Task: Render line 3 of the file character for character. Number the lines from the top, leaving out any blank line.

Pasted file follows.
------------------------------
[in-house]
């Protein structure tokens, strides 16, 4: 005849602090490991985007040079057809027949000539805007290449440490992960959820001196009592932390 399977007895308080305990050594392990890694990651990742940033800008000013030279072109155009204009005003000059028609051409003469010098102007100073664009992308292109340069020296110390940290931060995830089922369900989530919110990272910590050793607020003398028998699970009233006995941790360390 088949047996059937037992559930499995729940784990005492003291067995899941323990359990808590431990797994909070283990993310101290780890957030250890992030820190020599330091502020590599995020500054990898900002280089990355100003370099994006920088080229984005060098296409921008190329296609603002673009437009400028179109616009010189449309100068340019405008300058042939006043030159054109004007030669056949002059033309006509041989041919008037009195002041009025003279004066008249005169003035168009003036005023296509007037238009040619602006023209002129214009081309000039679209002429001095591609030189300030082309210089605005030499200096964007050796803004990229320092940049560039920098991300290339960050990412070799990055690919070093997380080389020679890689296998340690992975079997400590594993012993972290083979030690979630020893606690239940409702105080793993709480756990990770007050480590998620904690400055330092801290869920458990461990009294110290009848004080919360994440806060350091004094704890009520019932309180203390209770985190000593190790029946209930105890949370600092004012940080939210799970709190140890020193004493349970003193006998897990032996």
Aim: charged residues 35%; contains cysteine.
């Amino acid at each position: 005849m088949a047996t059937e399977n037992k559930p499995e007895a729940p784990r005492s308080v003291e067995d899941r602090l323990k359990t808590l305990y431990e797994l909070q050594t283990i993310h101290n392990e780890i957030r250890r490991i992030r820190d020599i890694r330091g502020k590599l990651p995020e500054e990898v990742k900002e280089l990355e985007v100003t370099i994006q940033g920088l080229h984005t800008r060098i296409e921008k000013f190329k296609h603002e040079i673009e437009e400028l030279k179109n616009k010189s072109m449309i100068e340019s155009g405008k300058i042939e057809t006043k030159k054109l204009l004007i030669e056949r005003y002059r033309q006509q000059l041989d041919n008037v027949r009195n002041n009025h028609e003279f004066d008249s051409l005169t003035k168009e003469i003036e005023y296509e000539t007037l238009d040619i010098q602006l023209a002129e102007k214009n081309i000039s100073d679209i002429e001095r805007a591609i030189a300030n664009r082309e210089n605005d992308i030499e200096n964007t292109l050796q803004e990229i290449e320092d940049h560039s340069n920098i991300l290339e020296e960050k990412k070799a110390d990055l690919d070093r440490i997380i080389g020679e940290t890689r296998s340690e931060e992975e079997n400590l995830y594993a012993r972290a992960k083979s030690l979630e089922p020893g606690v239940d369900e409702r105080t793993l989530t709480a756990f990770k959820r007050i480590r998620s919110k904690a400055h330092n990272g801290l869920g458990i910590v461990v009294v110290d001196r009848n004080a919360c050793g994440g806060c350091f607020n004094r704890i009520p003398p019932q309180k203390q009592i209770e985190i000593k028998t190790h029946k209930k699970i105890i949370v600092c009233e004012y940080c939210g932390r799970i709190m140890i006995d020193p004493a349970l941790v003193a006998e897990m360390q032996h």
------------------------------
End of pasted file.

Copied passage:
Aim: charged residues 35%; contains cysteine.